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Reviewed by:
  • True And False Reform in the Church, Revised Edition
  • Michael Attridge
True And False Reform in the Church, Revised Edition by Yves Congar. Translated and with an introduction by Paul Philibert. Collegeville, MN: Liturgical Press, 2011.

True and False Reform is the long-awaited English translation of the classic Vrai et fausse réforme dans l'Église by one of the most important Catholic theologians of the 20th century, the late Yves M.-J. Congar. Some have called it Congar's most significant work. Congar himself said that if ever there was a "theology of Congar" it is found in this book. Pope John XXIII read it in the early 1950s when he was papal nuncio to France, prompting him to ask if a reform of the Church was even possible. Several years later, as Pope, he would announce the Second Vatican Council.

The present work is a translation of the 1968 "revised and corrected" edition, published eighteen years after the original. For the most part, the revisions were minor, but enough in Congar's view to warrant a new edition. Least satisfactory to him was the third section, dealing with Protestantism. By 1968, he considered the ecclesiology of the section to be insufficient, especially in light of Vatican II, but nevertheless left it in. However, this translation rightly does not include it, first because of Congar's own expressed dissatisfaction and second because of the cost of publishing the additional 180 pages. Therefore, there are two parts and a conclusion to present work: "Why and How Does the Church Reform Itself "; "Conditions for Authentic Reform Without Schism"; and "Perspectives on the Attitude to Take Toward Concrete Reform Initiatives."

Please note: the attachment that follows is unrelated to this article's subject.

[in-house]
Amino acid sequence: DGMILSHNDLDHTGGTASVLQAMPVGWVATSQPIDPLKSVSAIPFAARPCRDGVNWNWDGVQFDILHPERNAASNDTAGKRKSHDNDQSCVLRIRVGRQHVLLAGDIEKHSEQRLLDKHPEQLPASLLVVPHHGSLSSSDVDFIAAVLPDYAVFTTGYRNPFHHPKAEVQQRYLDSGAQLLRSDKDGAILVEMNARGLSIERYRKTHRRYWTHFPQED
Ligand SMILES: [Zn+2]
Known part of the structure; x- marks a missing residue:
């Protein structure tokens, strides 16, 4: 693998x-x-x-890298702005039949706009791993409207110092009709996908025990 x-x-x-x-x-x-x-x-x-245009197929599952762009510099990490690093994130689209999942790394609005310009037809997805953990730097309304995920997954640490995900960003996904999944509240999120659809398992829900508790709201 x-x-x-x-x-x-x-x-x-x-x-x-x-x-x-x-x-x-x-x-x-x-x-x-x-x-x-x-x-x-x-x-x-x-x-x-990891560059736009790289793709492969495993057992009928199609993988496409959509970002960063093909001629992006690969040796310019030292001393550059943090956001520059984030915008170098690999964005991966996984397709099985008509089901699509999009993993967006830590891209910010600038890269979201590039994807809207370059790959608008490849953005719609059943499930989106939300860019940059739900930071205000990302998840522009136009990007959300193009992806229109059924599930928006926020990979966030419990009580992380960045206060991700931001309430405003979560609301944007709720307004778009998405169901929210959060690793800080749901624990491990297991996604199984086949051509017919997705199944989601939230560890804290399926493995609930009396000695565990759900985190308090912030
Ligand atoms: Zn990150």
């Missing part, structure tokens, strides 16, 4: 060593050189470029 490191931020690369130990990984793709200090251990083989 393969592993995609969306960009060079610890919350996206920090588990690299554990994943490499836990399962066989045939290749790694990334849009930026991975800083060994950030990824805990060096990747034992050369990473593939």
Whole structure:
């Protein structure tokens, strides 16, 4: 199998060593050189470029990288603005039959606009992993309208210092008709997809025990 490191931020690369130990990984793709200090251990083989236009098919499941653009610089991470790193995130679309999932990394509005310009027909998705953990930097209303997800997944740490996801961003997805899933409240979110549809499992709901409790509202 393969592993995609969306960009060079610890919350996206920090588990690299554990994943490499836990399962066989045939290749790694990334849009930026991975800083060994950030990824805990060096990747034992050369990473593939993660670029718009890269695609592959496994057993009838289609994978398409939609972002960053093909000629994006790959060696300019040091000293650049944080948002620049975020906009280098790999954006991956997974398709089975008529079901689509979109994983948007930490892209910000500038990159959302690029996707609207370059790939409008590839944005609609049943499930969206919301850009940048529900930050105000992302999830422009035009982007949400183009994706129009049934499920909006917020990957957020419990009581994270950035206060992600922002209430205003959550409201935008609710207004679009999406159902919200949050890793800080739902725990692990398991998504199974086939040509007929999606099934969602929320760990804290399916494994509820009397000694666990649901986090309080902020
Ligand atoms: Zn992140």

Some might ask why translate a book that is now more than sixty years old, written at a time much different than today. The response would be for two important reasons. First, as Vatican II's Lumen gentium notes, the Church is always in need of renewal. True and False Reform provides a well-grounded, doctrinal framework from which perennial questions of church renewal may be meaningfully raised. Second, translating it makes it accessible to more than just academics who might possess French as a research language. It becomes available to the vast number of lay women and men working in ministries in the church, who as "front line" workers are often the first to experience the need for reform. [End Page 322]

Michael Attridge
Faculty of Theology
University of St. Michael's College
Toronto, CANADA


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